Mood swings are quite normal in everyday life. However, extreme mood swings that disrupt a person’s daily life are abnormal, and experts interpret them as a sign of bipolar disorder. The bouts of intense euphoria or depression associated with bipolar disorder can affect a person’s ability to form meaningful social relationships and impact sleep and energy levels. The person’s behaviour may become erratic, making it difficult for people to interact with them.
What is bipolar disorder?
Bipolar disorder, also known as manic depression, is a mental health disorder characterised by extreme mood swings and behavioural issues. A person diagnosed with bipolar disorder often has episodes of euphoria (intense happiness, joy) or depression (sadness). These episodes can occur at different times, and, between such attacks, the person may lead a regular life with some mood swings.
People with bipolar disorder also often suffer delusions, hallucinations, and reckless thinking. Due to their extreme mood swings, these people often have troubled relationships with their loved ones. Their erratic behaviour can make it difficult for them to follow a typical schedule for activities such as school or work.
Types of bipolar disorders
There are two major types of bipolar disorder based on mood swings’ intensity, duration, and frequency. They are:
1. Bipolar 1 disorder
The doctor may diagnose a person with Bipolar 1 when they experience a manic episode with extreme euphoria and energy. A hypomanic episode may follow this. The manic episode will be severe and last for a week. The person could exhibit destructive behaviours during these episodes and may require hospitalisation to stay safe.
A person with bipolar one can also experience depressive episodes for up to two weeks. Such attacks may leave them low energy, sad, tired, and low on appetite.
2. Bipolar 2 disorder
Under this type of bipolar disorder, a person may experience hypomanic episodes that last up to five days rather than a week. The symptoms of a hypomanic episode are not as severe as a manic episode. Hence bipolar two disorder can ere than bipolar one disorder. However, people with bipolar two disorder can experience major depressive episodes.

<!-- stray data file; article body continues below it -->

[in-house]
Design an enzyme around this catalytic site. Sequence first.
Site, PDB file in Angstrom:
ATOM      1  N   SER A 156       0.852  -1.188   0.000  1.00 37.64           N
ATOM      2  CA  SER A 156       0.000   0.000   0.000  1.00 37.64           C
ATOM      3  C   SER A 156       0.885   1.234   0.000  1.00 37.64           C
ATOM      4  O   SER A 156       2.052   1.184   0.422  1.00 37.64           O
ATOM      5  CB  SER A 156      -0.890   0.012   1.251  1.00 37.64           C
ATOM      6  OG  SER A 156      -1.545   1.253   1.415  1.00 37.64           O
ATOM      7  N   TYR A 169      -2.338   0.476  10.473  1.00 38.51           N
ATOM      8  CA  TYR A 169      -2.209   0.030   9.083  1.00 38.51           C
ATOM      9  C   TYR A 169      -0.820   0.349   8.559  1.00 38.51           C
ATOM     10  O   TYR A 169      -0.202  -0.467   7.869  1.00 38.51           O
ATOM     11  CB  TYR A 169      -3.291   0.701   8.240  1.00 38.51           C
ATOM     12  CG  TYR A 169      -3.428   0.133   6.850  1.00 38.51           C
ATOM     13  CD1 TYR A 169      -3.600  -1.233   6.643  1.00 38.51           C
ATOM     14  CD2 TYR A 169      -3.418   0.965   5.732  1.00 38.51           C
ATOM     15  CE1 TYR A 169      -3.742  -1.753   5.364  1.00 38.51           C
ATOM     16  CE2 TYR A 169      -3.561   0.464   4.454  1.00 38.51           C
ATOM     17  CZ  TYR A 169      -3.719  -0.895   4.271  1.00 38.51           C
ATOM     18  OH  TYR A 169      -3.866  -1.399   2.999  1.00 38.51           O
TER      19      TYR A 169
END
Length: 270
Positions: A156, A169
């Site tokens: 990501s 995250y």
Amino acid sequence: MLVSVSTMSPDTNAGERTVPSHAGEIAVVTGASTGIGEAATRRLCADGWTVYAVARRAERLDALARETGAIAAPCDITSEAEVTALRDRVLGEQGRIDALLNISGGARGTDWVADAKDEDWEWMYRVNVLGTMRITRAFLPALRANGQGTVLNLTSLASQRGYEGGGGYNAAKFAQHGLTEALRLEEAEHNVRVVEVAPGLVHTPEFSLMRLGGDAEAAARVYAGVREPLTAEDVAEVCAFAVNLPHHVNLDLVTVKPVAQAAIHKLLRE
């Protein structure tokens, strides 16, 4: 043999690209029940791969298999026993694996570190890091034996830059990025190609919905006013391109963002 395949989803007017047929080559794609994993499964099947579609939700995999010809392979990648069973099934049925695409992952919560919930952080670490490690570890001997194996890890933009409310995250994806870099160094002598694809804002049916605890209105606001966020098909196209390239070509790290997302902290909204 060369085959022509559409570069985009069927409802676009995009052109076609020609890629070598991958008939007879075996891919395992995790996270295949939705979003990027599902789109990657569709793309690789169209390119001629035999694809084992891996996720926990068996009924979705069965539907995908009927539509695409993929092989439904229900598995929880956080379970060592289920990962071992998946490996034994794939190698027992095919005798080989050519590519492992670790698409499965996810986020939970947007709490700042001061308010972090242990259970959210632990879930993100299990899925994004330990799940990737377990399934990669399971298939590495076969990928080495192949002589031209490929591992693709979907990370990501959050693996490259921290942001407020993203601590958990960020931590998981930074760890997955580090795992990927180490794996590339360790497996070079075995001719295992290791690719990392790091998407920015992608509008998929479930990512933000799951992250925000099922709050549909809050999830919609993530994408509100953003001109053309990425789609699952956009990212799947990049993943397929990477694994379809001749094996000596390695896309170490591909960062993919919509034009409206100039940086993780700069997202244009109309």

Symptoms of bipolar disorder one vs 2
The symptoms of bipolar disorder 1 and 2 are typically the same. However, the main difference is the intensity of the manic/depressive episodes. People diagnosed with bipolar one disorder have manic episodes, distinguishing them from those with bipolar two disorder. These manic symptoms are extreme and can last up to a week. They are:
- Reduced sleep
- Faster speech
- Uncontrollable thoughts
- Increased risky behaviour
- Hallucinations/disconnected from reality (psychosis)
- I have increased energy and activity.
People with bipolar one may also have major depressive episodes that last up to two weeks. These depressive episodes may include at least five of the following symptoms:
- Extreme sadness
- Suicidal thoughts
- Feelings of worthlessness and guilt
- Increased/decreased appetite and sleep
- Loss of interest in activities.
- People with bipolar disorder suffer from hypomanic episodes with the following symptoms:
- Elevated self-confidence
- Feeling energetic
- Feeling distracted
- Racing thoughts
Most symptoms in people with bipolar two disorder are not harmful and do not often require hospitalisation. However, while these people may not experience manic episodes, they may suffer from depressive episodes with the same symptoms as those with bipolar one disorder.
Differences between bipolar disorder one vs 2
The predominant difference between bipolar disorders 1 and 2 is the severity of the manic episodes. A person with bipolar one will experience frequent manic episodes characterised by boundless energy, restlessness, concentration problems, sleep disorders, and bouts of euphoria. These manic episodes can be so severe that they may require hospitalisation.